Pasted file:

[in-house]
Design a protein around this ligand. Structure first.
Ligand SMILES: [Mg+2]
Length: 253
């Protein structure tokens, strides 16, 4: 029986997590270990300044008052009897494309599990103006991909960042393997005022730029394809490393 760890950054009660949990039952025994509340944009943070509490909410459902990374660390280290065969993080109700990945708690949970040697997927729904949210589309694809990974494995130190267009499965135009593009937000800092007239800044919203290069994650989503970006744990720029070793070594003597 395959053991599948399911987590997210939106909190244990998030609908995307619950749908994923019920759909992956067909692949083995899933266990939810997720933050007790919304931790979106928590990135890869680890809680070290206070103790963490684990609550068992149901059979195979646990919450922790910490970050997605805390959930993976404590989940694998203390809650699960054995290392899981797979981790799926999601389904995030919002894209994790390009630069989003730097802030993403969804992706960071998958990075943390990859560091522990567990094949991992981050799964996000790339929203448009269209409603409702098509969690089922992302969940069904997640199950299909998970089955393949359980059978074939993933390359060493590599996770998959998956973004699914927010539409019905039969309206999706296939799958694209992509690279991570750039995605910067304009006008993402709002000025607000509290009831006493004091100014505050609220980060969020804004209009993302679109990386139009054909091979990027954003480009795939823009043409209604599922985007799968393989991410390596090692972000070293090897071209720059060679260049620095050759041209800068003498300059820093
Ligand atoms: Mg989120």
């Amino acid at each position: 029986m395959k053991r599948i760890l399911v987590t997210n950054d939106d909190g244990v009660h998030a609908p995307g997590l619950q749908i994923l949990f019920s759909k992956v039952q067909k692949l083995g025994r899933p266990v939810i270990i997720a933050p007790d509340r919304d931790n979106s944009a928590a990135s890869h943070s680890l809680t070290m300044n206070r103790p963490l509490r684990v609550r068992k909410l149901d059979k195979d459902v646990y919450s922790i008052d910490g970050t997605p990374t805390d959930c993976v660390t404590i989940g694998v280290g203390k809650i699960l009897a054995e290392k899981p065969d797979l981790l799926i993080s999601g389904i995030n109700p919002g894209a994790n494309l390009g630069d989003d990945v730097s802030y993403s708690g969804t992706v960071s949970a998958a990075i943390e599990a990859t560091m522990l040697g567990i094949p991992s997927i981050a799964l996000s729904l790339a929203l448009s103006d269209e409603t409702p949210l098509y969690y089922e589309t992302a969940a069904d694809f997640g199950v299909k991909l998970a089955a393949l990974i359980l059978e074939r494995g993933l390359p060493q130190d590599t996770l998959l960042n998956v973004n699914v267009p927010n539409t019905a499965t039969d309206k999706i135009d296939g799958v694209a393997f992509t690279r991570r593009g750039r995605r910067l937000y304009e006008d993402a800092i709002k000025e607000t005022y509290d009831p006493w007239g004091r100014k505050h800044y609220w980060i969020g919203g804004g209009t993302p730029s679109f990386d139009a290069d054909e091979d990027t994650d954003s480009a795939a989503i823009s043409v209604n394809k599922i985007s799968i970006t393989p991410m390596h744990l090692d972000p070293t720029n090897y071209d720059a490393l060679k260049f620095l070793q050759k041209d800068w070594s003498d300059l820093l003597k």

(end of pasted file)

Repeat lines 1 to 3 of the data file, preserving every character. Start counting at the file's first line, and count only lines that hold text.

[in-house]
Design a protein around this ligand. Structure first.
Ligand SMILES: [Mg+2]